Except that isn’t quite what really happened. Continue reading
Larry David as himself, a neurotic comedy writer
Cabo San Lucas, Mexico, Summer 2019
Series: Curb Your Enthusiasm
Episode: “You’re Not Going to Get Me to Say Anything Bad About Mickey” (Episode 10.04)
Air Date: February 9, 2020
Director: Jeff Schaffer
Creator: Larry David
Costume Designer: Leslie Schilling
Happy birthday to Larry David! Born 76 years ago today on July 2, 1947, LD grew successful as a co-creator of Seinfeld in the 1990s before becoming more visibly famous as an exaggeratedly neurotic version of himself on Curb Your Enthusiasm, which is currently producing its twelfth (and possibly final) season.
The tenth-season episode “You’re Not Going to Get Me to Say Anything Bad About Mickey” begins with Larry consulting with the ubiquitous Leon (J.B. Smoove) amidst construction of Latte Larry’s, the “spite store” he’s building to steal business from his rival Mocha Joe (Saverio Guerra), who stops in to remind him that “good coffee is all about the beans.”
At the same time, Larry’s coterie is planning a plane trip to Cabo San Lucas for their friend Mickey’s wedding, despite Larry grumbling about having to travel two hours for a wedding, prompting his manager Jeff (Jeff Garlin) to utter the episode’s title in the unseen Mickey’s defense… and who could portray such a widely revered friend but the absurdly charismatic Timothy Olyphant? Continue reading
Logan Lerman as Charlie Kelmeckis, anxious high school freshman
Pittsburgh, Christmas 1991 through Spring 1992
Film: The Perks of Being a Wallflower
Release Date: September 21, 2012
Director: Stephen Chbosky
Costume Designer: David C. Robinson
WARNING! Spoilers ahead!
If you read my last post about Jonah Hill’s party gear in Superbad, you know I’ve been on a bit of a high school nostalgia kick lately. And I’m keeping that going with a look at the very significant suit gifted to our sensitive narrator in the book and movie adaptation of Stephen Chbosky’s The Perks of Being a Wallflower. Continue reading
Tom Ewell as Richard Sherman, imaginative publishing executive and a self-described “foolish, well-to-do married man”
New York City, Summer 1955
Film: The Seven Year Itch
Release Date: June 3, 1955
Director: Billy Wilder
Costume Designer: Travilla
Wardrobe Director: Charles Le Maire
Men’s Wardrobe: Sam Benson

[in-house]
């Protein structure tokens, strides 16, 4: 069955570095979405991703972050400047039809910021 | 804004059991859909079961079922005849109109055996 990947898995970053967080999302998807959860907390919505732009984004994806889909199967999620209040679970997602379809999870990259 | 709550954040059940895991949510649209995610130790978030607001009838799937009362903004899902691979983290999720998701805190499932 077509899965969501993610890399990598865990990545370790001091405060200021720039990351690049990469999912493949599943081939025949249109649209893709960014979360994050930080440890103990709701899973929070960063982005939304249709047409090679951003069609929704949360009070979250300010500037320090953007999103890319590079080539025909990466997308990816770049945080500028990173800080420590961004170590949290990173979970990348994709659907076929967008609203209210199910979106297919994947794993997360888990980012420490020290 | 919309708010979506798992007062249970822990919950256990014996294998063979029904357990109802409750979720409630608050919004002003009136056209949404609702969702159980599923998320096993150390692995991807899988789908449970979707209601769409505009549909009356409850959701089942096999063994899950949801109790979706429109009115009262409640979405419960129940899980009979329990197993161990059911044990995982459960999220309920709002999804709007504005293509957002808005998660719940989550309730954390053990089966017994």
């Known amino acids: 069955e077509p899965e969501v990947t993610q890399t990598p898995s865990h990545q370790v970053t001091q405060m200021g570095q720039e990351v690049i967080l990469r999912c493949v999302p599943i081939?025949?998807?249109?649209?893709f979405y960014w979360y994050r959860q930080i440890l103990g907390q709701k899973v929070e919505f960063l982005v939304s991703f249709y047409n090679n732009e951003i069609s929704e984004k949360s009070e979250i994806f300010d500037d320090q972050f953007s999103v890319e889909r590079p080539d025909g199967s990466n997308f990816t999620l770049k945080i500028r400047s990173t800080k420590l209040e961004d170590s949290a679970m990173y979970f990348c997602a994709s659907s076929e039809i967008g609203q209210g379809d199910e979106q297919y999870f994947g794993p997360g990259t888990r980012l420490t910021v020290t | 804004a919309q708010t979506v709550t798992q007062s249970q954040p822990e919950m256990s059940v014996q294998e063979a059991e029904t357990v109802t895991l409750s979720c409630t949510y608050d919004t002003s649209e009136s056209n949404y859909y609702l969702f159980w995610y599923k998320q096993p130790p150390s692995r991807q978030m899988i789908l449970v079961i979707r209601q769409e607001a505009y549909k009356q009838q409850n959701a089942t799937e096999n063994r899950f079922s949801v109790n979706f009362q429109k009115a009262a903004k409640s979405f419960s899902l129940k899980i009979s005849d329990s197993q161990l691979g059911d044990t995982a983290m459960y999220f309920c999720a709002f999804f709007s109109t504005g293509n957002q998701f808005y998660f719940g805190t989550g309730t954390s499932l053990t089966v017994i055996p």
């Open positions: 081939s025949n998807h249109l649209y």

WARNING! Spoilers ahead!
Born 97 years ago today on June 1, 1926, Hollywood icon Marilyn Monroe may be indelibly associated with the iconic image of the star’s white dress being blown upwards by a subway grate on Lexington Avenue. The much-photographed moment was part of a scene in The Seven Year Itch, which premiered on Monroe’s 29th birthday before its wider release later that month.
The title and concept were inspired by a then-common psychological term for the period in a marriage when a partner’s eye supposedly begins to wander, aligned with the mid-20th century practice of wives and children traveling to the country or seaside for the summer while their husbands remain in the city to work… though The Seven Year Itch proposes that their work was more focused on bedrooms than boardrooms. (Mad Men fans may recall a relevant plot from the first season episode “Long Weekend”, set during Labor Day 1960.)
After shipping his wife Helen and son Ricky up to Maine, our protagonist Richard Sherman seems to think he’s above that level of sleaze… until a falling tomato plant introduces him to The Girl, a voluptuous blonde living upstairs in a neighboring couple’s apartment for the summer:
Boy, if anybody were to walk in here right now, would they ever get the wrong idea… cinnamon toast for two, strange blonde in the shower, you go explain that to someone. Don’t tell ’em you spent the whole night wrapping a paddle!
Inexplicably billed as “Tommy Ewell”, Tom Ewell reprised the role he originated on Broadway as Richard Sherman. Viennese-born actress Vanessa Brown (who had an IQ of 165 and whose family fled Europe in 1937 to avoid Nazi persecution) had played The Girl on stage, but the part was recast for the screen, in turn providing Marilyn Monroe with one of her most enduring performances. Interestingly, there were several actors considered to play Richard before the part went to Ewell, who had already won a Tony for his stage portrayal and wasn’t expecting to be cast. Despite that, there was never any question that The Girl would be played on screen by anyone but Monroe. Continue reading
Colin Farrell as James “Sonny” Crockett, maverick Miami-Dade PD undercover detective
Miami to Havana, Summer 2005
Film: Miami Vice
Release Date: July 28, 2006
Director: Michael Mann
Costume Design: Michael Kaplan & Janty Yates
Colin Farrell’s Costumer: Jody Felz
WARNING! Spoilers ahead!
Ahead of Colin Farrell’s birthday tomorrow, I want to take a much-requested look at his style in Miami Vice, Michael Mann’s cinematic adaptation of the iconic TV show he had executive-produced in the 1980s.
The mid-2000s had been full of movies inspired by TV shows of the ’60s, ’70s, and ’80s… just off the top of my head, Bewitched, The Dukes of Hazzard, Get Smart, I Spy, and Starsky & Hutch come to mind. Rather than these nostalgia-driven quasi-parodies, Miami Vice surprised audiences as more of a gritty reimagining than the pastel pastiche they may have been expecting. Though critical and audience reception was lukewarm at the time, the movie has grown a more positive reputation over the years, thanks in part to a dedicated cult following.
The 2006 update maintained the core essence, characters, and overall concept, though the vibes were updated from the vibrant ’80s aesthetic to match the darker tones of a decade that also rebooted larger-than-life characters like Batman and James Bond in more serious movies like Batman Begins and Casino Royale, respectively. Instead of Gotham’s Dark Knight and agent 007, our heroes are the ice-cool undercover cops James “Sonny” Crockett and Ricardo Tubbs, played by Colin Farrell and Jamie Foxx in the roles originated by Don Johnson and EGOT hopeful Philip Michael Thomas. Continue reading